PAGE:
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70

This may be subtle and comes down to inflection and intention. I suspect that your manager was not being rude but trying to refer succinctly to a particular trade. If you were talking about a construction site you might talk about the "concrete people" or the "drywall people" to refer to the particular trades that were expert in those parts of the project. ...


51

Collocations modifying photo often don't refer to the photo as a physical object. They instead refer to the subject of the photo, or what's depicted in the image. To demonstrate this, here are the most common collocations for ____ photo according to the Corpus of Contemporary American English. I have bolded the ones that describe the image (source, subject,...


34

Depends what you mean by OK. It is grammatical, the meaning is apparent, and you would not be thrown in gaol for writing it. And (written later) I see that @Wilk has found some examples of “pregnant with crisis”. However I would not write it myself as I find it rather forced and unnatural. Perhaps the psychological basis of this is a positive association of ...


27

nude ADJECTIVE ... 1.1 [attributive] Depicting or performed by naked people. ‘she won't do any nude scenes’ Lexico


24

It’s a way to refer to photos with nude subjects. As you can see from Ngram this expression took off from the ‘60s/70s when pictures portraying nude people, generally women, started to become popular; the same expression was used earlier referring to paintings Nude: (of a photograph, painting, statue, etc.) being or prominently displaying a ...


23

It depends on the implication. If you assume "floor" to be a metaphor for "the lowest strata" or "beneath my feet" then certainly, it's derogatory. However, I don't think this was your manager's intention. Instead, in his question, "floor people" is an ellipsis of the people whose job it is to clean the floor This use is much the same as saying "the ...


13

I would not write pregnant with a crisis, but simply "pregnant with crisis". Google books turns up this usage a lot. Example - Against the grain, Terry Eagleton 1985 'Modernism' as a term at once expresses and mystifies a sense of one's particular historical conjuncture as being somehow peculiarly pregnant with crisis and change. It is only ever "...


10

I agree with the other answers that your manager meant "the floor people" as a neutral way to refer to the people whose specific task was to clean the floor as requested. I want to add something to that: he had put in a request last week for our janitors to mop up and then re-wax the tile floor in our area this morning. It's important to your manager ...


9

They are very different constructions, though both are (probably) possible here. First, note that stop, like many verbs denoting a change of state, can be used both transitively and intransitively: The boy stopped the ball. (transitive) The ball stopped (intransitive). The transitive use usually implies that the stopping was caused by something ...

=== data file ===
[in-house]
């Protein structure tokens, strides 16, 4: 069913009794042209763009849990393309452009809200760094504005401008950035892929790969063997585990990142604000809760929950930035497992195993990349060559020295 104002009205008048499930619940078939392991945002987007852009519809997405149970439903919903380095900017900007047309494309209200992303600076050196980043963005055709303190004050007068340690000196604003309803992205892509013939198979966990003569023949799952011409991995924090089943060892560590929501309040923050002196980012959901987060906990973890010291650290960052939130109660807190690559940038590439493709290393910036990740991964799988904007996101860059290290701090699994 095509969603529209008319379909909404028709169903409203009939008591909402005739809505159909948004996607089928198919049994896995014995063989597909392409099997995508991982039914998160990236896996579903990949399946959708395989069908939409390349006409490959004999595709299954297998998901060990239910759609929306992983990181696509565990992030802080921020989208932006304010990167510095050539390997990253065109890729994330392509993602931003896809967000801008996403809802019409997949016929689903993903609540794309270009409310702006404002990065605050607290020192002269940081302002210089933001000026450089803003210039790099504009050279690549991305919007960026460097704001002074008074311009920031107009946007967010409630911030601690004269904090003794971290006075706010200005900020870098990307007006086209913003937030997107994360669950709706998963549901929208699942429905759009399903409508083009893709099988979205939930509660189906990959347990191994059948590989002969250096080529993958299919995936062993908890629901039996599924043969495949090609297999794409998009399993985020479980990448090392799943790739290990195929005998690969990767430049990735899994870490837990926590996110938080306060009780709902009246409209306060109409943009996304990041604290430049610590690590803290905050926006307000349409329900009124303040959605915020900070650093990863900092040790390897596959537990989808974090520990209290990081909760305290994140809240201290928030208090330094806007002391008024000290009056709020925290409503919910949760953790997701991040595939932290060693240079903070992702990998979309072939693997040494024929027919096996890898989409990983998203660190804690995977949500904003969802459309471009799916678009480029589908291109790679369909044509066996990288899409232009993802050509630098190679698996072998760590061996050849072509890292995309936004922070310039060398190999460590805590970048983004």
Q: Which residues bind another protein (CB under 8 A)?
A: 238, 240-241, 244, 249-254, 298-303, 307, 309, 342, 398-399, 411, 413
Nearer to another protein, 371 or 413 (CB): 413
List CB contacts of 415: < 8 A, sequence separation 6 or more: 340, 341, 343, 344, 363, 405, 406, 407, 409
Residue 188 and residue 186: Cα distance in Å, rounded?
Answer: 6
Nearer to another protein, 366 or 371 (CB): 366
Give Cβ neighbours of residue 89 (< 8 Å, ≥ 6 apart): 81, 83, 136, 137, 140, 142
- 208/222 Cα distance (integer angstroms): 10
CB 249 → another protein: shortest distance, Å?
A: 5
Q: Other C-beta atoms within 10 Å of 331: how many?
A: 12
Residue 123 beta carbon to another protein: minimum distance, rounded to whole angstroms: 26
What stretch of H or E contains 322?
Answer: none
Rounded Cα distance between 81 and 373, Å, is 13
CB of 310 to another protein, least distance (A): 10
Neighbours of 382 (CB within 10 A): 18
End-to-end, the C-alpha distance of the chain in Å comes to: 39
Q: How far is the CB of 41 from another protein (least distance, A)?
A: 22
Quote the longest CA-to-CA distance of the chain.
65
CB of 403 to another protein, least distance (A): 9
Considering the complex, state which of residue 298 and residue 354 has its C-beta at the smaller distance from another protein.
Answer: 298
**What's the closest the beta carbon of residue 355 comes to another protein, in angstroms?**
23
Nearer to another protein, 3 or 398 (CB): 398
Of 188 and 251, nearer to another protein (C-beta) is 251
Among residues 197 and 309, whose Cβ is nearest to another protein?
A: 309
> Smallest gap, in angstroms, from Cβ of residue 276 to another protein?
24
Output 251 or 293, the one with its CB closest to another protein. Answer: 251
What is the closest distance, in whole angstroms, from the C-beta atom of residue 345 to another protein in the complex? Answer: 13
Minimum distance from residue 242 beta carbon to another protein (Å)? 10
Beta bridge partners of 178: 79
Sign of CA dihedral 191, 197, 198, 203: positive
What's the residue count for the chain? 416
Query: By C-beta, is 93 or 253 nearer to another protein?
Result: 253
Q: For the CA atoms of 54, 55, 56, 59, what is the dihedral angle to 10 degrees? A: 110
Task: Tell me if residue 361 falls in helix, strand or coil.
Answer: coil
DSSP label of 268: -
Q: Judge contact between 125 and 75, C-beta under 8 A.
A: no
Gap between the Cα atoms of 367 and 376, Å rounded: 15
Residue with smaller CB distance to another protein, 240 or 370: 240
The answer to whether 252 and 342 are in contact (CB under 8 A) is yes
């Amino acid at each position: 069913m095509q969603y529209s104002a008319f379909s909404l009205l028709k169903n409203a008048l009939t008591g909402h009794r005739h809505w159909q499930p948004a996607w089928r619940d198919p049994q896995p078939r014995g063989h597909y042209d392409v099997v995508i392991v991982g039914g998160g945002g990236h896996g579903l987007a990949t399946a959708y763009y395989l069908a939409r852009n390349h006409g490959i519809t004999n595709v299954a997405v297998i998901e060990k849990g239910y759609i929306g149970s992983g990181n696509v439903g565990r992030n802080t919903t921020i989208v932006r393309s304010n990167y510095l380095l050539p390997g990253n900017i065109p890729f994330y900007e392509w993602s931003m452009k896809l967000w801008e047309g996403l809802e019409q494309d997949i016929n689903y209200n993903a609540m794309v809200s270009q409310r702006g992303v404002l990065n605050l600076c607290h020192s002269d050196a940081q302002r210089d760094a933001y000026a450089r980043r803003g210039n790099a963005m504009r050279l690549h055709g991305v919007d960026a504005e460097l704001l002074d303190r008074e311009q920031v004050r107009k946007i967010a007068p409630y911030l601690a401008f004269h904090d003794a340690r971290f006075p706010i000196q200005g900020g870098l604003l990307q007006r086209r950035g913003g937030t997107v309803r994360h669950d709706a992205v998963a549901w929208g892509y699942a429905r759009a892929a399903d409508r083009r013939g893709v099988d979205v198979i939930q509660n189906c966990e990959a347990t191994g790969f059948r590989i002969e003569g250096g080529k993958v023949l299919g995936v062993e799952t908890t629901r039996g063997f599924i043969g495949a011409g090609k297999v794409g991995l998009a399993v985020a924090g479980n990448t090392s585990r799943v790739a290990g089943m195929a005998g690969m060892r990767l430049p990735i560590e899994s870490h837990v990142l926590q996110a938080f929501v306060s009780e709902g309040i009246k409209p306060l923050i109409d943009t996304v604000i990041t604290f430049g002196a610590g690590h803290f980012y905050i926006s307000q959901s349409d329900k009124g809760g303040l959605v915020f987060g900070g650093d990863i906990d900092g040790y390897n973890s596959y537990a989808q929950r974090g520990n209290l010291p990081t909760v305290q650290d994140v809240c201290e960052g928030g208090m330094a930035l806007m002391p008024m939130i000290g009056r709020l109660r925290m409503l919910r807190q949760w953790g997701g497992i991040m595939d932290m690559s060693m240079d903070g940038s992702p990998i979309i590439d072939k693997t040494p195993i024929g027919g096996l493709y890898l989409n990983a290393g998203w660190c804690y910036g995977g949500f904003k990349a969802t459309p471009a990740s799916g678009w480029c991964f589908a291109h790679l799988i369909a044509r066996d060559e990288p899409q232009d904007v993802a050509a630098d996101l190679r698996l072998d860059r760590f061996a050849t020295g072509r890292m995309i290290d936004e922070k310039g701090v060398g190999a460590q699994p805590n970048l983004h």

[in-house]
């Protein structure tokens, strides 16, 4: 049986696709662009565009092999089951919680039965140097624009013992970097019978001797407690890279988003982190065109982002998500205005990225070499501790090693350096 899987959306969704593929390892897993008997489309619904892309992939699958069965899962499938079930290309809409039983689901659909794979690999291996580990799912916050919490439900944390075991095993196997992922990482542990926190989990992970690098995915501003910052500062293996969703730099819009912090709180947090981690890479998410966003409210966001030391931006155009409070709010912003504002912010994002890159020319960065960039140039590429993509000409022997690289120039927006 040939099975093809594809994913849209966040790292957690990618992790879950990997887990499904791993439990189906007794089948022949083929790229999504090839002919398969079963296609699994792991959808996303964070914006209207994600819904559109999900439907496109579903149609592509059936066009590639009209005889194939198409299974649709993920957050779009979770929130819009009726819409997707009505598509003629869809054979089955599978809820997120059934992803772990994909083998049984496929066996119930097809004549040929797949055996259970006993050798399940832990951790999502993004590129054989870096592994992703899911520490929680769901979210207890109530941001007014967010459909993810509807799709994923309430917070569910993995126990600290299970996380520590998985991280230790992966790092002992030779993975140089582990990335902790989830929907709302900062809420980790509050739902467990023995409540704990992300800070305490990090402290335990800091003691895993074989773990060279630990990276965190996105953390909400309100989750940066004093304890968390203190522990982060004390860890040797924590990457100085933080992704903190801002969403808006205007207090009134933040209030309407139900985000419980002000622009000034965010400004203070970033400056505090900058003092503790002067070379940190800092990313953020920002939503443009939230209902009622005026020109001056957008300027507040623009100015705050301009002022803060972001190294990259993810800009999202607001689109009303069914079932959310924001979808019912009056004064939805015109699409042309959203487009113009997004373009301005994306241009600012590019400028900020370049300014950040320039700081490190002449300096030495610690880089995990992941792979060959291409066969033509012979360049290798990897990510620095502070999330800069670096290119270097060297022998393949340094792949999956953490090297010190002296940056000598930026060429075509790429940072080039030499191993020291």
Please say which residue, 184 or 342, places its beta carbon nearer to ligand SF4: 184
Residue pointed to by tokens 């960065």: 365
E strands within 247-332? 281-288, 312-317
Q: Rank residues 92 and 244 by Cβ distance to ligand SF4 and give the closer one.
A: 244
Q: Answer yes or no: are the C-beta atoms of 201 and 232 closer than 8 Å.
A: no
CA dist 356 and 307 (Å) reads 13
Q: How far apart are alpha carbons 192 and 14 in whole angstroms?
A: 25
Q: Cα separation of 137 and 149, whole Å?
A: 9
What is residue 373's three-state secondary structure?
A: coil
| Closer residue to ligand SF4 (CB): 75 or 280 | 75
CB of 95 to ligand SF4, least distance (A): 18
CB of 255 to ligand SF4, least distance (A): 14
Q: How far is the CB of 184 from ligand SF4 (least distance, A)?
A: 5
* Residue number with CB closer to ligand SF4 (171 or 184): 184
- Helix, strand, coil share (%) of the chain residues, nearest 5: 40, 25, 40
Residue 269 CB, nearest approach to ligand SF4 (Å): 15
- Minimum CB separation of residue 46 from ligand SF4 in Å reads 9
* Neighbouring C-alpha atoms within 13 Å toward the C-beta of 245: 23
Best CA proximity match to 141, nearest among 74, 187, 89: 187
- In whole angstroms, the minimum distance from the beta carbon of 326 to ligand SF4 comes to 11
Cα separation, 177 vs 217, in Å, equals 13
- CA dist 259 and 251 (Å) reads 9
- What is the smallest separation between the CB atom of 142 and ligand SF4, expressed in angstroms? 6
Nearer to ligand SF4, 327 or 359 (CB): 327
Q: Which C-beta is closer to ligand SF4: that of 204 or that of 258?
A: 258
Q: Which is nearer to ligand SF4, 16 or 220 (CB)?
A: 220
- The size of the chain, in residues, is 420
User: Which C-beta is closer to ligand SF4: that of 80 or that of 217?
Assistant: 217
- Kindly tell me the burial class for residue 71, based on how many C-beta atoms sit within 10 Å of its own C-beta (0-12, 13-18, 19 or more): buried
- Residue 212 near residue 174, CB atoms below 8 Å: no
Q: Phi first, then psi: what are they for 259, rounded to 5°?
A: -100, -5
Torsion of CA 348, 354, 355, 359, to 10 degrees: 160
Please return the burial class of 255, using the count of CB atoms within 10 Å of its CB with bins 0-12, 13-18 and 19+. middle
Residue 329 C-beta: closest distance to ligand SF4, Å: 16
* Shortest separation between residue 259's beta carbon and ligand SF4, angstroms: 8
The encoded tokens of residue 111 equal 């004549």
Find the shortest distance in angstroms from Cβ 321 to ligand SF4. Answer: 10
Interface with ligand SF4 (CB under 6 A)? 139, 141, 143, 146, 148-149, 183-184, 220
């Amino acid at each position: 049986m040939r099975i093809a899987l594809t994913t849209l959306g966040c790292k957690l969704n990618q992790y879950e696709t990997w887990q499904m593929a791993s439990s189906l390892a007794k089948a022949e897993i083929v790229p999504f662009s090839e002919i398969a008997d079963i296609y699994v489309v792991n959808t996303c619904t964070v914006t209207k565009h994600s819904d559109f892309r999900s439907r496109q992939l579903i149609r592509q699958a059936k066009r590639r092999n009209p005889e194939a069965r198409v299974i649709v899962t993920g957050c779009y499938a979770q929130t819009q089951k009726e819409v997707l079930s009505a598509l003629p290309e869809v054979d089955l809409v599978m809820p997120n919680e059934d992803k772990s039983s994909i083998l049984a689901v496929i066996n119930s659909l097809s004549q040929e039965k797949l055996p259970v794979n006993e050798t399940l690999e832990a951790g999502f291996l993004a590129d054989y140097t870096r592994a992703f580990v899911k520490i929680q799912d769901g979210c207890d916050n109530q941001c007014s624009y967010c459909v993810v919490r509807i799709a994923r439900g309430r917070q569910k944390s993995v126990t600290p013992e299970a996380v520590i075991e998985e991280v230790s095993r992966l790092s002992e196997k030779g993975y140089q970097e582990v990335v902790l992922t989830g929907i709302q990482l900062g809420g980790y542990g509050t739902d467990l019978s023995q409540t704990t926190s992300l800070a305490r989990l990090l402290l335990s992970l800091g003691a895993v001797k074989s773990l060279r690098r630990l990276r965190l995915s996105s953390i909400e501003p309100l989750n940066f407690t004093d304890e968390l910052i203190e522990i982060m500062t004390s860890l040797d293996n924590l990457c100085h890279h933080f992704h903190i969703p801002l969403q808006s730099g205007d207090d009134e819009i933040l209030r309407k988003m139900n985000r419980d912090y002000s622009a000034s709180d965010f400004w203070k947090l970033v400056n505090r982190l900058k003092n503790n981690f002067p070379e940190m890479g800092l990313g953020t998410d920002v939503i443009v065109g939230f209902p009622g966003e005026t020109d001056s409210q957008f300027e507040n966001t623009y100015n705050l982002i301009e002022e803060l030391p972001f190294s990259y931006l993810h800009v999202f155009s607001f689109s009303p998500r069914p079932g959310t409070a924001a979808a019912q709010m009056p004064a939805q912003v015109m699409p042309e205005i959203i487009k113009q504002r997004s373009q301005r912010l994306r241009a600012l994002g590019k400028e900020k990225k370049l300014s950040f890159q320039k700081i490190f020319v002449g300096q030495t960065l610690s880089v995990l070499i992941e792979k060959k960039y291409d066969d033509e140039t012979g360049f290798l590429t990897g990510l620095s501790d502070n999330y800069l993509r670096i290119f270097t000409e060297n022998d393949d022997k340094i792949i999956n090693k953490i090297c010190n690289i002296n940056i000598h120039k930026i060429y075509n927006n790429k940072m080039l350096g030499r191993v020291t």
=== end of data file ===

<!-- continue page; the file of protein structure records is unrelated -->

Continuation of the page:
9

It happens fairly often in English that an adjective is "transferred" from one subject to another, even when it doesn't strictly speaking apply to the latter, provided it is still relevant (in some sense) to the latter. This often begins as a mild figure of speech — see https://www.thoughtco.com/transferred-epithet-1692558 for various examples — ...


7

Both sentences are grammatical. They can both be used in the same contexts, with the same results. The sentences differ only in the Wh- clause at the end: [American pronunciation]: from where it was stopped [frəmˌwɛɹɪʔwɨ'stapt] from where it has stopped [frəmˌwɛɹɪɾɨ'stapt] Phonetically, the boldfaced portions above are almost identical. But they have ...


7

Nude photos is a noun phrase that has become idiomatic and manifests in slang such as "nudies" or simply "nudes". The phrase "nude photos of X" does indeed seem like a retro-construction. This phrasing is also more euphemistic or neutral, perhaps, since as you mentioned, technically, it would be "X" who is nude, but "X" is not the grammatical subject (it is ...


6

It's often the case when describing containers that we use adjectives that describe their contents rather than their own intrinsic properties. (containers isn't a technical term but it fit the concept). For example a physics textbook isn't physics, rather the contents describe knowledge we have on the field of physics your family photos aren't related to ...


4

As an English speaker, I think a better word is gestating. The world seems to be gestating an environmental crisis. Gestating implies pregnancy, but also that something is growing but not yet happened. How about changing the metaphor? I doubt pregnancy is pertinent to the context. The world seems to be brewing an environmental crisis. The world ...